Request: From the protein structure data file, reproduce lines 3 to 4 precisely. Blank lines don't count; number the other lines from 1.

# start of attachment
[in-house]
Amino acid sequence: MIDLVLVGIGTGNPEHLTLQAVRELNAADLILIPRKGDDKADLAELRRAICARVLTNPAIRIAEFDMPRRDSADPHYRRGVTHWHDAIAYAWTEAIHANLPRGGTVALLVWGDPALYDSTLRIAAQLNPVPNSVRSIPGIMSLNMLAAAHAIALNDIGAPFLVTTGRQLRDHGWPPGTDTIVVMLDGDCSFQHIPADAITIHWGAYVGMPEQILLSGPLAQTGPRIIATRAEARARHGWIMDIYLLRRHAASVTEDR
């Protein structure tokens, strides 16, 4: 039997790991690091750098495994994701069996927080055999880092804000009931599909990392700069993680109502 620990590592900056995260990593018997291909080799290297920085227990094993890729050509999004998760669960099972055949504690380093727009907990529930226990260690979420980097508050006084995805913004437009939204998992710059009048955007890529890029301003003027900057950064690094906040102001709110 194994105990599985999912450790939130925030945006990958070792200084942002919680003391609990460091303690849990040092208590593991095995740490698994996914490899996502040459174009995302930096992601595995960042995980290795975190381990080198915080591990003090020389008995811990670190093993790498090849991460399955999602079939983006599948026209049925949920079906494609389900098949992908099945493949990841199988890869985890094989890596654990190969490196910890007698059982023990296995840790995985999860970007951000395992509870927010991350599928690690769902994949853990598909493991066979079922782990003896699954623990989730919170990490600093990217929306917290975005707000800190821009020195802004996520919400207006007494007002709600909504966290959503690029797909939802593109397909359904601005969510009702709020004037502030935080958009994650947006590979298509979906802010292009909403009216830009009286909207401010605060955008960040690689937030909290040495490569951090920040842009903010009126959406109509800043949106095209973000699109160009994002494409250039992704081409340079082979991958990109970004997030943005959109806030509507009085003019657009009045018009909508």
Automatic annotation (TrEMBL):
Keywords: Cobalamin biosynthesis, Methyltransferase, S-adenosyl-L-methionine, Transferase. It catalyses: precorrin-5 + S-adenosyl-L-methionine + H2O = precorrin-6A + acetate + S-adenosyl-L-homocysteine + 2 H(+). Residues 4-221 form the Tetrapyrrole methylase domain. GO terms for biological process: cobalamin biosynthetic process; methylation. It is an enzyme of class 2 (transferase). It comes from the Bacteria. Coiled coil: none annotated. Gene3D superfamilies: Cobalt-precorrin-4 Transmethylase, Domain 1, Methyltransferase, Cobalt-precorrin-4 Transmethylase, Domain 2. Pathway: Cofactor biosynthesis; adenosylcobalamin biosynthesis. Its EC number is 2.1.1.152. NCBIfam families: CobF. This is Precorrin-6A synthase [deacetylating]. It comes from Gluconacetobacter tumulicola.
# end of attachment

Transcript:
């Protein structure tokens, strides 16, 4: 039997790991690091750098495994994701069996927080055999880092804000009931599909990392700069993680109502 620990590592900056995260990593018997291909080799290297920085227990094993890729050509999004998760669960099972055949504690380093727009907990529930226990260690979420980097508050006084995805913004437009939204998992710059009048955007890529890029301003003027900057950064690094906040102001709110 194994105990599985999912450790939130925030945006990958070792200084942002919680003391609990460091303690849990040092208590593991095995740490698994996914490899996502040459174009995302930096992601595995960042995980290795975190381990080198915080591990003090020389008995811990670190093993790498090849991460399955999602079939983006599948026209049925949920079906494609389900098949992908099945493949990841199988890869985890094989890596654990190969490196910890007698059982023990296995840790995985999860970007951000395992509870927010991350599928690690769902994949853990598909493991066979079922782990003896699954623990989730919170990490600093990217929306917290975005707000800190821009020195802004996520919400207006007494007002709600909504966290959503690029797909939802593109397909359904601005969510009702709020004037502030935080958009994650947006590979298509979906802010292009909403009216830009009286909207401010605060955008960040690689937030909290040495490569951090920040842009903010009126959406109509800043949106095209973000699109160009994002494409250039992704081409340079082979991958990109970004997030943005959109806030509507009085003019657009009045018009909508």
Automatic annotation (TrEMBL):